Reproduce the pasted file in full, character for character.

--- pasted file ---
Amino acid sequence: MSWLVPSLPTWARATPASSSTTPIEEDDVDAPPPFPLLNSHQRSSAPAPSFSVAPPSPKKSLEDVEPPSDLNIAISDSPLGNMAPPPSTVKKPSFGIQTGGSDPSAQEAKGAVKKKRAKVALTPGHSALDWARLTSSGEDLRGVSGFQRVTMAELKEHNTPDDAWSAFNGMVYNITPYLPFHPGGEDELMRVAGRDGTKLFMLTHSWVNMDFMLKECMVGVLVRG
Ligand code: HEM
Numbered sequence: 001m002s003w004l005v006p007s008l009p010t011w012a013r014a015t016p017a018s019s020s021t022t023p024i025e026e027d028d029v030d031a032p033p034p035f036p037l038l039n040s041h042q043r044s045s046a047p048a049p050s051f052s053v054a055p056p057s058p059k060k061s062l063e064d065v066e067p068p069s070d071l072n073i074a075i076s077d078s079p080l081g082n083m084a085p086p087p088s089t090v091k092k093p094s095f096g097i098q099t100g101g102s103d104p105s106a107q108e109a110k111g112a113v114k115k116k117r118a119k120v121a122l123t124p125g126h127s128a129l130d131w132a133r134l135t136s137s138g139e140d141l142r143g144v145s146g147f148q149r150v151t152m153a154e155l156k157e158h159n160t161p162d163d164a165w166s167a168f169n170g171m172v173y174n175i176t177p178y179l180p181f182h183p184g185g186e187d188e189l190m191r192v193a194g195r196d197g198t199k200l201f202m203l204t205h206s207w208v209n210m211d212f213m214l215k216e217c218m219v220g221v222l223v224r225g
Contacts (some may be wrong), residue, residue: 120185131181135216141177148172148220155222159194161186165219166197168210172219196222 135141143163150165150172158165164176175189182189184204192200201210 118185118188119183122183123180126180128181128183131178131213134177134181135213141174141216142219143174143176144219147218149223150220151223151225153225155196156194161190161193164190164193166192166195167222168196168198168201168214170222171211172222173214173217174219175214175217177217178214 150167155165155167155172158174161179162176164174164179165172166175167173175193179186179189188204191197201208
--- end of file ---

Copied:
Amino acid sequence: MSWLVPSLPTWARATPASSSTTPIEEDDVDAPPPFPLLNSHQRSSAPAPSFSVAPPSPKKSLEDVEPPSDLNIAISDSPLGNMAPPPSTVKKPSFGIQTGGSDPSAQEAKGAVKKKRAKVALTPGHSALDWARLTSSGEDLRGVSGFQRVTMAELKEHNTPDDAWSAFNGMVYNITPYLPFHPGGEDELMRVAGRDGTKLFMLTHSWVNMDFMLKECMVGVLVRG
Ligand code: HEM
Numbered sequence: 001m002s003w004l005v006p007s008l009p010t011w012a013r014a015t016p017a018s019s020s021t022t023p024i025e026e027d028d029v030d031a032p033p034p035f036p037l038l039n040s041h042q043r044s045s046a047p048a049p050s051f052s053v054a055p056p057s058p059k060k061s062l063e064d065v066e067p068p069s070d071l072n073i074a075i076s077d078s079p080l081g082n083m084a085p086p087p088s089t090v091k092k093p094s095f096g097i098q099t100g101g102s103d104p105s106a107q108e109a110k111g112a113v114k115k116k117r118a119k120v121a122l123t124p125g126h127s128a129l130d131w132a133r134l135t136s137s138g139e140d141l142r143g144v145s146g147f148q149r150v151t152m153a154e155l156k157e158h159n160t161p162d163d164a165w166s167a168f169n170g171m172v173y174n175i176t177p178y179l180p181f182h183p184g185g186e187d188e189l190m191r192v193a194g195r196d197g198t199k200l201f202m203l204t205h206s207w208v209n210m211d212f213m214l215k216e217c218m219v220g221v222l223v224r225g
Contacts (some may be wrong), residue, residue: 120185131181135216141177148172148220155222159194161186165219166197168210172219196222 135141143163150165150172158165164176175189182189184204192200201210 118185118188119183122183123180126180128181128183131178131213134177134181135213141174141216142219143174143176144219147218149223150220151223151225153225155196156194161190161193164190164193166192166195167222168196168198168201168214170222171211172222173214173217174219175214175217177217178214 150167155165155167155172158174161179162176164174164179165172166175167173175193179186179189188204191197201208